32feet.NET - User's Guide / Tutorial / Examples
Version 3.5, June 2012
Class Library reference documentation
There are generally five ways an application might want to use Bluetooth:
1. Make a direct data connection
Where the program connects directly to a Bluetooth RFCOMM service, and sends and receives the raw data for that connection. See section
General Bluetooth Data Connections
below. The BluetoothClient
to read and write on -- there is no need to use virtual COM ports and the System.IO.Ports.SerialPort class. The server side function can also be provided. Our recommendation is that only if you are setting up the connection for a separate program
that uses COM ports do you need to use virtual COM ports, see 1b.
1b. Virtual Serial Port
If however you have a separate third-party application that needs to use a virtual COM port then it is not quite so simple and direct. See
Bluetooth Serial Ports
Note that RFCOMM/SPP only allows one connection from a remote device to each service. So do not use BluetoothClient and a virtual Serial port to connect to the same service at the same time; the second one will fail to connect.
2. Do an OBEX transfer
Where the program is an OBEX client and connects to a server, and sends (PUTs) or GETs a file/object. The server side function can also be provided. See section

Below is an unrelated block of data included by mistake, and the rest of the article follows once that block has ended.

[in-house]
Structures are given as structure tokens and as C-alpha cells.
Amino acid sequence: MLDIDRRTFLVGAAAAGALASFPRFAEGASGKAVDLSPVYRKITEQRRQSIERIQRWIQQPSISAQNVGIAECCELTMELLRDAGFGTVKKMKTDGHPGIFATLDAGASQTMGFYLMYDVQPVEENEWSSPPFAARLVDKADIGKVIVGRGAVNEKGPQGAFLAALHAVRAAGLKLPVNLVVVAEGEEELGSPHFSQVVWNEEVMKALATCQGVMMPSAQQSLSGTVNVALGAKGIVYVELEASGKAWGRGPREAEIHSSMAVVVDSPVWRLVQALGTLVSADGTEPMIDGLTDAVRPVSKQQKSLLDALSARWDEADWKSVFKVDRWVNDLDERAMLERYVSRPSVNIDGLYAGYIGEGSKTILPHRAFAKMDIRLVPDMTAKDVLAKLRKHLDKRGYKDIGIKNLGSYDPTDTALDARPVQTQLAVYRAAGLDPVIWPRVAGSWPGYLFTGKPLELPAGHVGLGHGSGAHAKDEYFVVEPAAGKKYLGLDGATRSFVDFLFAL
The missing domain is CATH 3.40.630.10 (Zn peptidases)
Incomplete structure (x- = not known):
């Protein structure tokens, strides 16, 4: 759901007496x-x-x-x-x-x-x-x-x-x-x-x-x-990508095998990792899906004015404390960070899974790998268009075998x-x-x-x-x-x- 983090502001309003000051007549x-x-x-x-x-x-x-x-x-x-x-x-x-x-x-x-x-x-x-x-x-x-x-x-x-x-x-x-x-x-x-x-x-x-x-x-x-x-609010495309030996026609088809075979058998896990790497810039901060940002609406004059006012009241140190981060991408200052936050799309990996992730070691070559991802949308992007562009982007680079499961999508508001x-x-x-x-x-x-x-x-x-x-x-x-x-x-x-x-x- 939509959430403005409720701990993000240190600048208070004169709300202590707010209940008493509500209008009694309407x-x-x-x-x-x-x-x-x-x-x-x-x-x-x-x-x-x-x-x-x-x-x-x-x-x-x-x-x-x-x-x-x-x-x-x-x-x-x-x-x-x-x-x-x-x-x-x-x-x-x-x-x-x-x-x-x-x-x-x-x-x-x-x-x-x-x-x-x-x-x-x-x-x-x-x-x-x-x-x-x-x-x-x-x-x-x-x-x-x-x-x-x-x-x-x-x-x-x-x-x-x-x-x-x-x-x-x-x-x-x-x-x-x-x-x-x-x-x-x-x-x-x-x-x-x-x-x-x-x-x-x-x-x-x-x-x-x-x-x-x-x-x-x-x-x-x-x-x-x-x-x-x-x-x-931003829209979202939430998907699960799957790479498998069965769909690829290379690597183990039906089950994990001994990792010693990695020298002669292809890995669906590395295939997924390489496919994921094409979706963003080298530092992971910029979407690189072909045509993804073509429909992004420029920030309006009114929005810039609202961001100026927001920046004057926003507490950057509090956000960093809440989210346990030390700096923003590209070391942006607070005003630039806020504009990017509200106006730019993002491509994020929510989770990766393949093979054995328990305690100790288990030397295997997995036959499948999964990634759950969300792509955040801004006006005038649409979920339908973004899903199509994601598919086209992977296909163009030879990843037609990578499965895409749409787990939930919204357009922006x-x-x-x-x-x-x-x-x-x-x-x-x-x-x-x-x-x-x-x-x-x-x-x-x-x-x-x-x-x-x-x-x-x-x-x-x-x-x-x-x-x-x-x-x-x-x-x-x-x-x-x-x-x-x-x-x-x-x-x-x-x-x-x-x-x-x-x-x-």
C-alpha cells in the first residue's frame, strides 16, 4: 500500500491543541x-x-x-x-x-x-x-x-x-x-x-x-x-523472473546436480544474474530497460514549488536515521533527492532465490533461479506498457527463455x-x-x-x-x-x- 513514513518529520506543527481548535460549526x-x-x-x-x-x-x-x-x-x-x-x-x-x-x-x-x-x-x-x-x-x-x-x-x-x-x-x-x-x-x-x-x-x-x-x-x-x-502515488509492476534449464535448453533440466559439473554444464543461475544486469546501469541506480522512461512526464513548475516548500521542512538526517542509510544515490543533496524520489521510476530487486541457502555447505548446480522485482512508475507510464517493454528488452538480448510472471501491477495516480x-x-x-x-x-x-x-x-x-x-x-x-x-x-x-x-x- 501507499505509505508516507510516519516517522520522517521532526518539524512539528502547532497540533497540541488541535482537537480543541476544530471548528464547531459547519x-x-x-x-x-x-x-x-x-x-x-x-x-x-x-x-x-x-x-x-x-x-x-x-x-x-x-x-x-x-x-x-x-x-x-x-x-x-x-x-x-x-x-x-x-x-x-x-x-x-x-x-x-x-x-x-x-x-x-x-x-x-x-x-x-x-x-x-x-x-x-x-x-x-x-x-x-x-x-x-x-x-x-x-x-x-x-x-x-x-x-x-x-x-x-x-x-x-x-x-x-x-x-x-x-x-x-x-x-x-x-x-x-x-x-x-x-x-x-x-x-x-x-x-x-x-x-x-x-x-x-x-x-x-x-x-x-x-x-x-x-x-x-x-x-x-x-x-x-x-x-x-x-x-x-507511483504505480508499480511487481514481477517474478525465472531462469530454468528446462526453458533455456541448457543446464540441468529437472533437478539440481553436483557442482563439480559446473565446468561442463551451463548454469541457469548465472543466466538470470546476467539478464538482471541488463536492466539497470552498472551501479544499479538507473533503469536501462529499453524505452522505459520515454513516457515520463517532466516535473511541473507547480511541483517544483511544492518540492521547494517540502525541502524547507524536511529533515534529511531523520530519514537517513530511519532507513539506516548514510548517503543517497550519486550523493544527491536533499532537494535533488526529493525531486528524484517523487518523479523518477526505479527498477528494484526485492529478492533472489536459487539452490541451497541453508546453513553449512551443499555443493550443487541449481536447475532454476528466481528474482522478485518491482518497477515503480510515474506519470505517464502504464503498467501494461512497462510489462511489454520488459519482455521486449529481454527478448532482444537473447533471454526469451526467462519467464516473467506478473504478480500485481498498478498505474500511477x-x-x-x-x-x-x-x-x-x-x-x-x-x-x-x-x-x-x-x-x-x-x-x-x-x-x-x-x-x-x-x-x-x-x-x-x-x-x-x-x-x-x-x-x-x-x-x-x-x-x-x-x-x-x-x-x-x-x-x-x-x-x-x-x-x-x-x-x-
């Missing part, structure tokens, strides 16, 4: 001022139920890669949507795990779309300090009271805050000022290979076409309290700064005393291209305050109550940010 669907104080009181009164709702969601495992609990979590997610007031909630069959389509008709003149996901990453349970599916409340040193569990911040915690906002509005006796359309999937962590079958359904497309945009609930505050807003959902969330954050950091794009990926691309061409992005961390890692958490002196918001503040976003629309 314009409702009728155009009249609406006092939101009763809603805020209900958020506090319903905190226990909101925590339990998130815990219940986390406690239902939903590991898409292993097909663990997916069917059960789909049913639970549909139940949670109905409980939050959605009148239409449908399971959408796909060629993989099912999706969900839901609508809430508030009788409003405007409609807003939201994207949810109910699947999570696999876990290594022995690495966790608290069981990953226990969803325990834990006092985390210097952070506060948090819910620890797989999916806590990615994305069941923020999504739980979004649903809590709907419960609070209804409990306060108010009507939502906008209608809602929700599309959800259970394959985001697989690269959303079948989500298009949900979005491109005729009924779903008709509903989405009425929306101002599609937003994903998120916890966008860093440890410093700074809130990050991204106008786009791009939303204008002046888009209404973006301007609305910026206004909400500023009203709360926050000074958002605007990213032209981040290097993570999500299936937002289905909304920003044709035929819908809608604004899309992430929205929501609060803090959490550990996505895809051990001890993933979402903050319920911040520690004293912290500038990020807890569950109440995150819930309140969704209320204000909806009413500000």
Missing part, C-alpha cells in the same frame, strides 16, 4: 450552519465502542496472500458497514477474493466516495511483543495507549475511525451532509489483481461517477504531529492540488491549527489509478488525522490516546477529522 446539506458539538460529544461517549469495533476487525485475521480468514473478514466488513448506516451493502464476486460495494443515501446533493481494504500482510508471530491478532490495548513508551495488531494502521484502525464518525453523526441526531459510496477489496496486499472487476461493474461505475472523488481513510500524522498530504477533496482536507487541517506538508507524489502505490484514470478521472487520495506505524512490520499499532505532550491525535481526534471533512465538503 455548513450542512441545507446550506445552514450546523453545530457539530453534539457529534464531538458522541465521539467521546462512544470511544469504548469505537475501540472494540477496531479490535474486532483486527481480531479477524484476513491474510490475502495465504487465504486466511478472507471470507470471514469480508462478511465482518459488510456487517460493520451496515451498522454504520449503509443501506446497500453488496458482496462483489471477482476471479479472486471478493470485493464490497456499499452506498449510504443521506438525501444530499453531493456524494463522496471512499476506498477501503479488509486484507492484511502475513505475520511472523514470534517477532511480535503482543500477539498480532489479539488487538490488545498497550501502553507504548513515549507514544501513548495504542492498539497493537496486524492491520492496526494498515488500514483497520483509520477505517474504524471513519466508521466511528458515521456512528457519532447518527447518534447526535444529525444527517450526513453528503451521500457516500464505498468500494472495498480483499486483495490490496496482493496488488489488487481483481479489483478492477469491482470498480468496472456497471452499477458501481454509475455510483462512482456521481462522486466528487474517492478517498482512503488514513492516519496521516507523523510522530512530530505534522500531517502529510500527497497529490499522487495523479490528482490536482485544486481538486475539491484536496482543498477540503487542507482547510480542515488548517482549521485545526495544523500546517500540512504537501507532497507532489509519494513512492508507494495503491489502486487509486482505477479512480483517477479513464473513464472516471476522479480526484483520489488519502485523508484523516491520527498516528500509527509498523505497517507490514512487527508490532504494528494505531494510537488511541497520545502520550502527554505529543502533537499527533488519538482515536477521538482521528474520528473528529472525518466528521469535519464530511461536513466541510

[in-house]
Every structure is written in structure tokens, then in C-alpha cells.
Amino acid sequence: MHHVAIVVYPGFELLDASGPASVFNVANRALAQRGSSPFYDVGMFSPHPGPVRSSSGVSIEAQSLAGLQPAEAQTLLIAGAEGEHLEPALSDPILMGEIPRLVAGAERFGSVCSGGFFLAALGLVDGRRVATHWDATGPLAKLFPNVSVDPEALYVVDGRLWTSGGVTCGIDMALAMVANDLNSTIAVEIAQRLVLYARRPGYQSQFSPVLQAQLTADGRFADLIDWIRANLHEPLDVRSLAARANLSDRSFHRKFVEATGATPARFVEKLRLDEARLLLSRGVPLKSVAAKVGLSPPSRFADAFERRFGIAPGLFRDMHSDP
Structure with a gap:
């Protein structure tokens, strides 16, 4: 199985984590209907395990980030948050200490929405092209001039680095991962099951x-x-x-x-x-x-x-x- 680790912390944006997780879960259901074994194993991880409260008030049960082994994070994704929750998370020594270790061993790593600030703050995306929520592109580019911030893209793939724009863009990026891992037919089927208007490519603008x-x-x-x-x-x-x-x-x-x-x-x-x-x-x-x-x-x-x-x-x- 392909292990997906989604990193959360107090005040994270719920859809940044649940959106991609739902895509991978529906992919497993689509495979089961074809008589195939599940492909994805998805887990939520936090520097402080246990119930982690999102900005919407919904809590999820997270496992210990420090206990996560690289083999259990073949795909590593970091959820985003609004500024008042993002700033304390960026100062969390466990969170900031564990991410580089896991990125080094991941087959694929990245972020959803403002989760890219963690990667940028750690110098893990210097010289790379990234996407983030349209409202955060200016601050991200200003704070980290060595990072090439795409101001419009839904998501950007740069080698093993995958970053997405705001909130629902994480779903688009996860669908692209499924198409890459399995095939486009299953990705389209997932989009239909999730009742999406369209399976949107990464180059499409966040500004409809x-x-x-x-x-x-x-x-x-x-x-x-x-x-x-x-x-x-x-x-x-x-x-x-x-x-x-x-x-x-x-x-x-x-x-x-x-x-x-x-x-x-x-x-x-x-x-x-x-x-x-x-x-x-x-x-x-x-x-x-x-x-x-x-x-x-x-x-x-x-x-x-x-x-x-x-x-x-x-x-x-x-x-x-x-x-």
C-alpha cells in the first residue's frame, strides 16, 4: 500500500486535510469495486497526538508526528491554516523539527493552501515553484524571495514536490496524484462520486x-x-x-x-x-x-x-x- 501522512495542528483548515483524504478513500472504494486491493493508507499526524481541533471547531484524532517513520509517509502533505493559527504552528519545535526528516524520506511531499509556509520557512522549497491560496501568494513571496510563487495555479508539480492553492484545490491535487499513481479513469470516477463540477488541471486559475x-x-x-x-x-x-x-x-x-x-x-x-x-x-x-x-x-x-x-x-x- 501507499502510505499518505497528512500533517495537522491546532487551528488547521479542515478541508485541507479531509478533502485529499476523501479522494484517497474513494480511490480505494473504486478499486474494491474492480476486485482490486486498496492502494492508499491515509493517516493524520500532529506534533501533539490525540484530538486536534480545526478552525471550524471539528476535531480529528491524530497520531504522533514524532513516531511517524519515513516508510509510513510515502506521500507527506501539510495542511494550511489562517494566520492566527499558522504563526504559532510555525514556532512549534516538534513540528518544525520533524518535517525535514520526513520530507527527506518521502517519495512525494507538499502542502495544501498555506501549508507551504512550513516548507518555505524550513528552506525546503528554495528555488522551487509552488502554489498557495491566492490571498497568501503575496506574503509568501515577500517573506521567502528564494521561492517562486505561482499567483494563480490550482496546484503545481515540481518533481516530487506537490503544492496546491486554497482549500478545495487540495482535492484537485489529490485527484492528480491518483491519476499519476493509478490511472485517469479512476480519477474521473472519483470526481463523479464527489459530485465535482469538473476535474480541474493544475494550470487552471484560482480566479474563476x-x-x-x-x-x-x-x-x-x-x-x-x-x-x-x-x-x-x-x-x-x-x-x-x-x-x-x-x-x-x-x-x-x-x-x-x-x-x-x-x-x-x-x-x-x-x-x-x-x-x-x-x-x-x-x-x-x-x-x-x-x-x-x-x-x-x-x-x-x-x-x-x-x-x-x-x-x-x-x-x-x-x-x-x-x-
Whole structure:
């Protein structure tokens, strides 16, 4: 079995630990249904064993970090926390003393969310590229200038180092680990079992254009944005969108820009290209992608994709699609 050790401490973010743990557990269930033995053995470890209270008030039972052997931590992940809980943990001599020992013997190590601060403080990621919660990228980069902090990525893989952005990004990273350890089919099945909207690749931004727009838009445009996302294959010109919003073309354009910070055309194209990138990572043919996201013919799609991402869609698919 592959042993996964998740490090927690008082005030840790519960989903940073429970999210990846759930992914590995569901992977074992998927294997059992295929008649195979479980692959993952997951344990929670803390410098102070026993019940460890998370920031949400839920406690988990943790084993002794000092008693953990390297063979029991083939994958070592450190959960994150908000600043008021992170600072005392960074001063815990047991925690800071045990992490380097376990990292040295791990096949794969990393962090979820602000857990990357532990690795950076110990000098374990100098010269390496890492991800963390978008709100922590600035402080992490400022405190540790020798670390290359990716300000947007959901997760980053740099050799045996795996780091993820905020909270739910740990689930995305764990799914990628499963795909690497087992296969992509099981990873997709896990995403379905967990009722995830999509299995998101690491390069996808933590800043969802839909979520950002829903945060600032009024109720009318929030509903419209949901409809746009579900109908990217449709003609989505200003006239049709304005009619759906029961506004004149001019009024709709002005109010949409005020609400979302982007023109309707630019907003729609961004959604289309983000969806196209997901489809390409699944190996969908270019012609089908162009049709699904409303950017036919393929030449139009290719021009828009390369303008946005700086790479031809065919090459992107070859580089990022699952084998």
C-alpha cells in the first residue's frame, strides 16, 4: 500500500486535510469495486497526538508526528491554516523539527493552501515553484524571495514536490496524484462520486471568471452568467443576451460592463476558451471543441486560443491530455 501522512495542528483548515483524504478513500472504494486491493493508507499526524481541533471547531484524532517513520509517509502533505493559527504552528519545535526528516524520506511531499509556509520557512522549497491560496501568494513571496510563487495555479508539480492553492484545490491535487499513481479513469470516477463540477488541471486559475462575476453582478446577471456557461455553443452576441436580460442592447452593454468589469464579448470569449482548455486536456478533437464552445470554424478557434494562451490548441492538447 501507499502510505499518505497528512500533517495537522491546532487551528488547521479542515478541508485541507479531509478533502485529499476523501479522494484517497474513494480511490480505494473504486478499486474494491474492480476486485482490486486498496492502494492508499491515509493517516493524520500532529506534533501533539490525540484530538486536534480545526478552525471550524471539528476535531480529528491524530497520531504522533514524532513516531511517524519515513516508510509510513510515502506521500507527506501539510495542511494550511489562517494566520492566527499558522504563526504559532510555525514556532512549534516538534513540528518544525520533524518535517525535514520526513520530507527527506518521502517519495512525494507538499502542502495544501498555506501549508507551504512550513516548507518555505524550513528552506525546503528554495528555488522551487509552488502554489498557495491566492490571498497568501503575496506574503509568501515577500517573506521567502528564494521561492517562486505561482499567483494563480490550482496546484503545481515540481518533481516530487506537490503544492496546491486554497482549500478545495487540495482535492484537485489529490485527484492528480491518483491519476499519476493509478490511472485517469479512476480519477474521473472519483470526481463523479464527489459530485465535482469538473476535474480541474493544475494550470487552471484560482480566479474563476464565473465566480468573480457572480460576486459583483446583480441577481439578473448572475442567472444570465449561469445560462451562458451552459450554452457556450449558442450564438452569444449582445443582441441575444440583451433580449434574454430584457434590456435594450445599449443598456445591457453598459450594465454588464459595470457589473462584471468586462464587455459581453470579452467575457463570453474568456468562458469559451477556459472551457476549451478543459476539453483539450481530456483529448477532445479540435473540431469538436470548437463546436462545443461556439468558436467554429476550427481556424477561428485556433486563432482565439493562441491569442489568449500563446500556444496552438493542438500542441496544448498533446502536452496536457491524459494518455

3. Have the Bluetooth stack and/or the OS connect to and use a remote service
Common services for this case are where the service is Headset/Handsfree/A2DP, or networking for instance. Here we do not want the program to connect directly to those services, as we wouldn’t know what to do with the raw bytes, but instead want the OS to send
audio to the headset, or form a network connection with an access-point or similar. See section
Connecting to Bluetooth Services
4. Make a direct data connection using the L2CAP protocol
Where the program connects directly to a Bluetooth L2CAP service, and sends and receives the raw data for that connection. We have pre-release support for this on some platforms see section
5. Check whether a particular device is in range
The best way to do this is to attempt to open a connection to a service on the device and see if it succeeds. One service that is always present is SDP so do a fake SDP query, see section
Testing if a device is in range
below. If a device comes into range but neither it nor the local device attempt a connection nor are running discovery, then neither will know they are in range.
As noted there, we have support for most of those currently. See
http://www.alanjmcf.me.uk/comms/bluetooth/Bluetooth Profiles and 32feet.NET.html
for information on what services use which method.
For device discovery see the section under General Bluetooth Data Connections